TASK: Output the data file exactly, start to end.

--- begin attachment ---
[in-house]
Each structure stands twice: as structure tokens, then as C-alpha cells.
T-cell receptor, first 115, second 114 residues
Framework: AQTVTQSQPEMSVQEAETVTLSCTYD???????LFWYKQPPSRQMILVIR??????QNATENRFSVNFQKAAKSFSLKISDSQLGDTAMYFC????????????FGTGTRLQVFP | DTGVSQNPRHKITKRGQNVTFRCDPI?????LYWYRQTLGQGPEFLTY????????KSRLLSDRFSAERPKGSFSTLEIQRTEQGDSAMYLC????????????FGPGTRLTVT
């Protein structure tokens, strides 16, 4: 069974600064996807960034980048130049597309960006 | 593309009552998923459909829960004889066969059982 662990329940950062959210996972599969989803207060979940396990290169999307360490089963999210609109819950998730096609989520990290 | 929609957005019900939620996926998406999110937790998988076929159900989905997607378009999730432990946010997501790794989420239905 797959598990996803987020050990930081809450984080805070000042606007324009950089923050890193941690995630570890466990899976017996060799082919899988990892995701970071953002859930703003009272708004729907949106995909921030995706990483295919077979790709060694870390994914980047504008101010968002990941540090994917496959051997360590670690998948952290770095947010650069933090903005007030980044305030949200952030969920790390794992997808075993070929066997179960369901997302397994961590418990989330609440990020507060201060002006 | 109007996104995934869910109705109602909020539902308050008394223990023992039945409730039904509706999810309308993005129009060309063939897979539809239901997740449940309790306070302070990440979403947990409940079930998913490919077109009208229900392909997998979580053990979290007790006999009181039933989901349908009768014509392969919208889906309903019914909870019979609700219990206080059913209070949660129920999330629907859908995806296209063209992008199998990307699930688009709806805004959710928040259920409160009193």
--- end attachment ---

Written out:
[in-house]
Each structure stands twice: as structure tokens, then as C-alpha cells.
T-cell receptor, first 115, second 114 residues
Framework: AQTVTQSQPEMSVQEAETVTLSCTYD???????LFWYKQPPSRQMILVIR??????QNATENRFSVNFQKAAKSFSLKISDSQLGDTAMYFC????????????FGTGTRLQVFP | DTGVSQNPRHKITKRGQNVTFRCDPI?????LYWYRQTLGQGPEFLTY????????KSRLLSDRFSAERPKGSFSTLEIQRTEQGDSAMYLC????????????FGPGTRLTVT
């Protein structure tokens, strides 16, 4: 069974600064996807960034980048130049597309960006 | 593309009552998923459909829960004889066969059982 662990329940950062959210996972599969989803207060979940396990290169999307360490089963999210609109819950998730096609989520990290 | 929609957005019900939620996926998406999110937790998988076929159900989905997607378009999730432990946010997501790794989420239905 797959598990996803987020050990930081809450984080805070000042606007324009950089923050890193941690995630570890466990899976017996060799082919899988990892995701970071953002859930703003009272708004729907949106995909921030995706990483295919077979790709060694870390994914980047504008101010968002990941540090994917496959051997360590670690998948952290770095947010650069933090903005007030980044305030949200952030969920790390794992997808075993070929066997179960369901997302397994961590418990989330609440990020507060201060002006 | 109007996104995934869910109705109602909020539902308050008394223990023992039945409730039904509706999810309308993005129009060309063939897979539809239901997740449940309790306070302070990440979403947990409940079930998913490919077109009208229900392909997998979580053990979290007790006999009181039933989901349908009768014509392969919208889906309903019914909870019979609700219990206080059913209070949660129920999330629907859908995806296209063209992008199998990307699930688009709806805004959710928040259920409160009193």